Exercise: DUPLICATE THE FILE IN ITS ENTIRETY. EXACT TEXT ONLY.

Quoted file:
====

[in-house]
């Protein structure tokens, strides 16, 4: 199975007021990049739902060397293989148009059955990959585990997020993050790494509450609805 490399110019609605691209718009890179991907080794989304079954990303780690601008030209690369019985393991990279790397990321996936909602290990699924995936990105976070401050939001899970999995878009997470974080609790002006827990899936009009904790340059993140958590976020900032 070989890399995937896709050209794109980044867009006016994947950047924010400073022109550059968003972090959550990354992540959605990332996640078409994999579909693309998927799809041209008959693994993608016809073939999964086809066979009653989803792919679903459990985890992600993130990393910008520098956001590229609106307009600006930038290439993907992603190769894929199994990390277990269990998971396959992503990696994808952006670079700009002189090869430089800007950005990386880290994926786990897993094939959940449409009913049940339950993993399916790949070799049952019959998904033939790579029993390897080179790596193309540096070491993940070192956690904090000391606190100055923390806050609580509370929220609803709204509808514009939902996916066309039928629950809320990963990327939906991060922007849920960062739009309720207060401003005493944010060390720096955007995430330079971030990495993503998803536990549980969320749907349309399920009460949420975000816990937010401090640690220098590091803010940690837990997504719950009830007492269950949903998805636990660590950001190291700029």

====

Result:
[in-house]
């Protein structure tokens, strides 16, 4: 199975007021990049739902060397293989148009059955990959585990997020993050790494509450609805 490399110019609605691209718009890179991907080794989304079954990303780690601008030209690369019985393991990279790397990321996936909602290990699924995936990105976070401050939001899970999995878009997470974080609790002006827990899936009009904790340059993140958590976020900032 070989890399995937896709050209794109980044867009006016994947950047924010400073022109550059968003972090959550990354992540959605990332996640078409994999579909693309998927799809041209008959693994993608016809073939999964086809066979009653989803792919679903459990985890992600993130990393910008520098956001590229609106307009600006930038290439993907992603190769894929199994990390277990269990998971396959992503990696994808952006670079700009002189090869430089800007950005990386880290994926786990897993094939959940449409009913049940339950993993399916790949070799049952019959998904033939790579029993390897080179790596193309540096070491993940070192956690904090000391606190100055923390806050609580509370929220609803709204509808514009939902996916066309039928629950809320990963990327939906991060922007849920960062739009309720207060401003005493944010060390720096955007995430330079971030990495993503998803536990549980969320749907349309399920009460949420975000816990937010401090640690220098590091803010940690837990997504719950009830007492269950949903998805636990660590950001190291700029």